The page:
Reach out to the community
Talk to groups whenever possible
Successful partnerships in health care occur when both organizations have the same high standards of care and philosophy. It is also important to stay in touch with your community and understand what information they want and need to make good decisions about care, points out Flint Besecker, chief executive officer of the Center for Hospice and Palliative Care in Cheektowaga, NY.
To make sure the hospice and its efforts to work in a wide variety of settings stays top-of-mind for the local community, his organization uses a variety of formal and informal methods to stay in touch with local leaders and community members.
"We do schedule formal educational sessions that are open to the community to discuss different topics related to end of life," explains Besecker. "Speakers include social workers, physicians, attorneys, and other staff members."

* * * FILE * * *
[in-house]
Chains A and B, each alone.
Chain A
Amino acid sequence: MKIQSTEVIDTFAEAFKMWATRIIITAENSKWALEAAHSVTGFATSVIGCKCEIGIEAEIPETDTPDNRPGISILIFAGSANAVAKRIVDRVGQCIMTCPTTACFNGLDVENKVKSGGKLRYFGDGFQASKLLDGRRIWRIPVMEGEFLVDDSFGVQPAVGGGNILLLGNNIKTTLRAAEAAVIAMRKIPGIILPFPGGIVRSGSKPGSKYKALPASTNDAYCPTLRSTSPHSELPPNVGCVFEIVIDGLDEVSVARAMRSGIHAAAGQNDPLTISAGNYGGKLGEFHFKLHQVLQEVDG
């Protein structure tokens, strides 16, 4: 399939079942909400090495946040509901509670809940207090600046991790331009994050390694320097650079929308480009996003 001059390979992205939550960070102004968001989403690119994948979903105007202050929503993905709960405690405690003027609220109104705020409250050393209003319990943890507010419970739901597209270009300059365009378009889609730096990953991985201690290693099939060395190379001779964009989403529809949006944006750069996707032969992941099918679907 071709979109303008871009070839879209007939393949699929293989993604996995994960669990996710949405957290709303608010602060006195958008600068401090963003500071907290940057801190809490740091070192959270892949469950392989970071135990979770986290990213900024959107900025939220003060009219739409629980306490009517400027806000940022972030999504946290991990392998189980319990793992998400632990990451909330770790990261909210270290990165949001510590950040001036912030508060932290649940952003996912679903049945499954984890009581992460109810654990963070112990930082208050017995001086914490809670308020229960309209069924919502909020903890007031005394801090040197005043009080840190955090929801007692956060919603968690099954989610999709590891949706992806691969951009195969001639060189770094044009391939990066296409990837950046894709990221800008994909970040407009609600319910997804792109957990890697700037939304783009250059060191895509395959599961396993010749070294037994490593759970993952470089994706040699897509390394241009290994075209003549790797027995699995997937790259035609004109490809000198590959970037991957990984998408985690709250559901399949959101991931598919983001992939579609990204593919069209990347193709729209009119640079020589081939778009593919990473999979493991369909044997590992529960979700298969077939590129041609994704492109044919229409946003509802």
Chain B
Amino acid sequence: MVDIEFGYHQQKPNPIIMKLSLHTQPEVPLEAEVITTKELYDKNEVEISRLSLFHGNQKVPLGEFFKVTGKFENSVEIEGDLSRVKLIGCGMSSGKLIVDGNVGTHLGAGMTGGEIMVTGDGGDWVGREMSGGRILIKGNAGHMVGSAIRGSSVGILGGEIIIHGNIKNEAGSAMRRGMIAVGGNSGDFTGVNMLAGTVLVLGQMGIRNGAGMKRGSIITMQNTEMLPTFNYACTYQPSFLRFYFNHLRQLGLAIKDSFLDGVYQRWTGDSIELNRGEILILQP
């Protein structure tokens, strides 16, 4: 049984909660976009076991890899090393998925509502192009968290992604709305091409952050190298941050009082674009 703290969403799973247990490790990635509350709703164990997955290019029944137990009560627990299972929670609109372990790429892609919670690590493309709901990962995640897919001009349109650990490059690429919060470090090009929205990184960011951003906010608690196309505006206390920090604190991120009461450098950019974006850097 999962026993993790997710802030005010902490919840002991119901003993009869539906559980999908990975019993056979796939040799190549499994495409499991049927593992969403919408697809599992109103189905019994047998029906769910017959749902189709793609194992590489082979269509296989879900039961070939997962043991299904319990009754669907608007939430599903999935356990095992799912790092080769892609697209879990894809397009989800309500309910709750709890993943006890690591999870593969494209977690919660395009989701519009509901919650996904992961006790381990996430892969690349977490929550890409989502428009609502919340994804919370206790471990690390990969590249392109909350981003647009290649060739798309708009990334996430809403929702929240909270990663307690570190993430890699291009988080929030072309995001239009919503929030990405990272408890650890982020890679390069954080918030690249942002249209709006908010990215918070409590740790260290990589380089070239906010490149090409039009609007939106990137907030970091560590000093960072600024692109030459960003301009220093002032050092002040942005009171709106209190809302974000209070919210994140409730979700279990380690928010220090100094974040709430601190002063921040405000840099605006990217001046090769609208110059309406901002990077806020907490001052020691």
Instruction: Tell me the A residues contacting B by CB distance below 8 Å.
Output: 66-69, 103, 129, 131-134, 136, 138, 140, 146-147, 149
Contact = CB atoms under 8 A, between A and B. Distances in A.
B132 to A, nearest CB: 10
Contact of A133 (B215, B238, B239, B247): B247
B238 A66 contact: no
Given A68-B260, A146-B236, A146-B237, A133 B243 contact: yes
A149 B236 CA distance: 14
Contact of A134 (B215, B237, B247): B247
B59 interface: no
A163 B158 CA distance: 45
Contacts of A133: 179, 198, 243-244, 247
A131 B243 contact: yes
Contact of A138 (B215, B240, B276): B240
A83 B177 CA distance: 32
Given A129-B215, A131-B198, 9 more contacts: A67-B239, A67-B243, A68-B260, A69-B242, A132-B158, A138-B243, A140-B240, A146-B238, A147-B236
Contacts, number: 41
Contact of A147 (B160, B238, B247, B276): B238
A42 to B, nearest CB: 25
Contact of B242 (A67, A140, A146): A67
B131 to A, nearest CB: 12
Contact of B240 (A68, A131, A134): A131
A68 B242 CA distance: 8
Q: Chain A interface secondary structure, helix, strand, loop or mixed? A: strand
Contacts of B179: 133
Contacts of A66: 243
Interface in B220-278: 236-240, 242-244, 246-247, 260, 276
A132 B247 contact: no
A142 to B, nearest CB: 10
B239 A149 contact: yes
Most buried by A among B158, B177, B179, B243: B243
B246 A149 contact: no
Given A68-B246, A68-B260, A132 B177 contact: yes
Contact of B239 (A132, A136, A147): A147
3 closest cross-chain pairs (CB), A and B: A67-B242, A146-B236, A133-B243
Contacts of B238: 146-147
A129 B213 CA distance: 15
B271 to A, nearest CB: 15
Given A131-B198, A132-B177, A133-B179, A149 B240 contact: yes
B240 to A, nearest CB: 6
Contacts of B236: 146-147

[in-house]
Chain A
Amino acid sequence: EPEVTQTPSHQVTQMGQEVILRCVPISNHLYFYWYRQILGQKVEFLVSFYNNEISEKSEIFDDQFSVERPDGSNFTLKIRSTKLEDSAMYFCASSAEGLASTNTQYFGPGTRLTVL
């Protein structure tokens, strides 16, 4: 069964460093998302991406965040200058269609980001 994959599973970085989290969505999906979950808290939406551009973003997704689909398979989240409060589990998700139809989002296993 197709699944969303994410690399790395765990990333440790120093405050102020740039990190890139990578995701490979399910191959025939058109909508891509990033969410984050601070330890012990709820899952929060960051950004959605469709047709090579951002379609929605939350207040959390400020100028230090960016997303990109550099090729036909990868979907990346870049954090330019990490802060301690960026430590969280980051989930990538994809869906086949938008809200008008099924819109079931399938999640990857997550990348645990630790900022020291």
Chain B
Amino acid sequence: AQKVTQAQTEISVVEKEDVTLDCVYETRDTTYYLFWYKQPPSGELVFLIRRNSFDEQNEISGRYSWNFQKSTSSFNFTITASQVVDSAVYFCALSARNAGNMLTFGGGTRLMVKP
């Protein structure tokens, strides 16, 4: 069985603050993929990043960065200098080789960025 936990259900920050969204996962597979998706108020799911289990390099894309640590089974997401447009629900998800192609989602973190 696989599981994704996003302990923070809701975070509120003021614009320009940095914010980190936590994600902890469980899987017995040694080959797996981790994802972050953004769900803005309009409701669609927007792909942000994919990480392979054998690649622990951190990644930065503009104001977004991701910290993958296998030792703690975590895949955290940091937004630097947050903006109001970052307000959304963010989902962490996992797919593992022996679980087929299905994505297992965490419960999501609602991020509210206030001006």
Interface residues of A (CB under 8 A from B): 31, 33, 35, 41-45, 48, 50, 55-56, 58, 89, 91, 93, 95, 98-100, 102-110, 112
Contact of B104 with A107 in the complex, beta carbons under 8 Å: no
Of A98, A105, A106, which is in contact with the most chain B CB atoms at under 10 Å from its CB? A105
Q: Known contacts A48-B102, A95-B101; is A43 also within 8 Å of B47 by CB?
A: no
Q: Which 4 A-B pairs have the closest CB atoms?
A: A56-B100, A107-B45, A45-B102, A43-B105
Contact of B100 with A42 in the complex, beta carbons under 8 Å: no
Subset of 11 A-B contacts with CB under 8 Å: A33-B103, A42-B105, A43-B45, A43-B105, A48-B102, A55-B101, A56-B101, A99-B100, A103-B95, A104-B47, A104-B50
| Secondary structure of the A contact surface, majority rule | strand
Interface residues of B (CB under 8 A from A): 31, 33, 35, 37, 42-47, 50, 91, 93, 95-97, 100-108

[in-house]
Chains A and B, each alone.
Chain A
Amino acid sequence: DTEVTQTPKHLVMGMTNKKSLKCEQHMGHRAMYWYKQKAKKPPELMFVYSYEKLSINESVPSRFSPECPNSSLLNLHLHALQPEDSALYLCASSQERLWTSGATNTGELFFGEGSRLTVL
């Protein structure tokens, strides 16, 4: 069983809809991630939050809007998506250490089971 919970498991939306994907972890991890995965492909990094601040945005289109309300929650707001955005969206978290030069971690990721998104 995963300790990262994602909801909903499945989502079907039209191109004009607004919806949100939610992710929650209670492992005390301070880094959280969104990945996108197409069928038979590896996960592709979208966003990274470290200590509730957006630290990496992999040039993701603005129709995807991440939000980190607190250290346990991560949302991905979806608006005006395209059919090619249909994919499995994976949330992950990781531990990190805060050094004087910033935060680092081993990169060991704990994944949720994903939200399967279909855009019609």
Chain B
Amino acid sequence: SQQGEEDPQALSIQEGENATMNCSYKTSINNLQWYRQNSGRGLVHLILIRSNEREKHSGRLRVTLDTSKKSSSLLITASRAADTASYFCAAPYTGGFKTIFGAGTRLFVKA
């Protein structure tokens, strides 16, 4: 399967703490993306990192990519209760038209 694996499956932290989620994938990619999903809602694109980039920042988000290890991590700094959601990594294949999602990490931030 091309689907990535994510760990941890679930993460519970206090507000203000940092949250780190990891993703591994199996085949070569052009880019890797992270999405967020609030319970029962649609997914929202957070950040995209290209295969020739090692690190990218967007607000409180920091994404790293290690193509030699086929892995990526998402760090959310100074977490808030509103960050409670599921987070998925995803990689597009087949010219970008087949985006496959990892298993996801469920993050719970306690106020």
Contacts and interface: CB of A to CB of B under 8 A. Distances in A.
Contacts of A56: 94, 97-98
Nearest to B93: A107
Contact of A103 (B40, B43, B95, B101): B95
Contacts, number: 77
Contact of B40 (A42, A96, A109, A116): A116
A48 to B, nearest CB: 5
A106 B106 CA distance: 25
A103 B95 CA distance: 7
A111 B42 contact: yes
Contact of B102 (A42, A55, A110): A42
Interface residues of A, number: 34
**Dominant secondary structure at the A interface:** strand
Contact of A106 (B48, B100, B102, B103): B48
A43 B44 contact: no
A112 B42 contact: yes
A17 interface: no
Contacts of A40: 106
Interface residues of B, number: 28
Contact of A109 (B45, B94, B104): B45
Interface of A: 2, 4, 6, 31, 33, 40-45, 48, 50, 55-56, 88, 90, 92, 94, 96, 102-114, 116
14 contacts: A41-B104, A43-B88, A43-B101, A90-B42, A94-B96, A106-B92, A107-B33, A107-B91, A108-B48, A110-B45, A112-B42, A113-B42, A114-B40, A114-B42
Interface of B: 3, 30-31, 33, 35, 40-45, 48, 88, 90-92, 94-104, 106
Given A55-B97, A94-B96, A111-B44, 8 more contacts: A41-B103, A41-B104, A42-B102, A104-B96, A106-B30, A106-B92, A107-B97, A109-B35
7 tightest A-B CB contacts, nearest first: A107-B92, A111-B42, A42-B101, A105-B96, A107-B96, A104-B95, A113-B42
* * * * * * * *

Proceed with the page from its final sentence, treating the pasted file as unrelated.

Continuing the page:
Although the hospice staff designs the schedule for the formal educational sessions, there are many other speaking opportunities at churches, local clubs, or neighborhood groups, Besecker points out. "We encourage all of our employees to let us know if a group uses speakers at meetings," he says. By offering to talk to people at their group meetings, the hospice staff can reach a wide range of people, he adds.
In addition to staying in touch with the local community, Cathy Hamel, vice president of post acute care services for the Greater Baltimore Medical Canter and executive director of Gilchrist Hospice in Hunt Valley, MD, also is looking at a way to expand the hospice's ability to attract clinical personnel. "We are fortunate that we have very little turnover throughout our hospice, but as we expand our services, we are seeing that there is a shortage of palliative care nurse practitioners," she explains. One strategy she is evaluating for the future is the creation of a training program for palliative care nurse practitioners. "Not only would we be able to grow our own nurse practitioner staff, but we would offer a program that can increase the number of nurse practitioners certified for palliative care."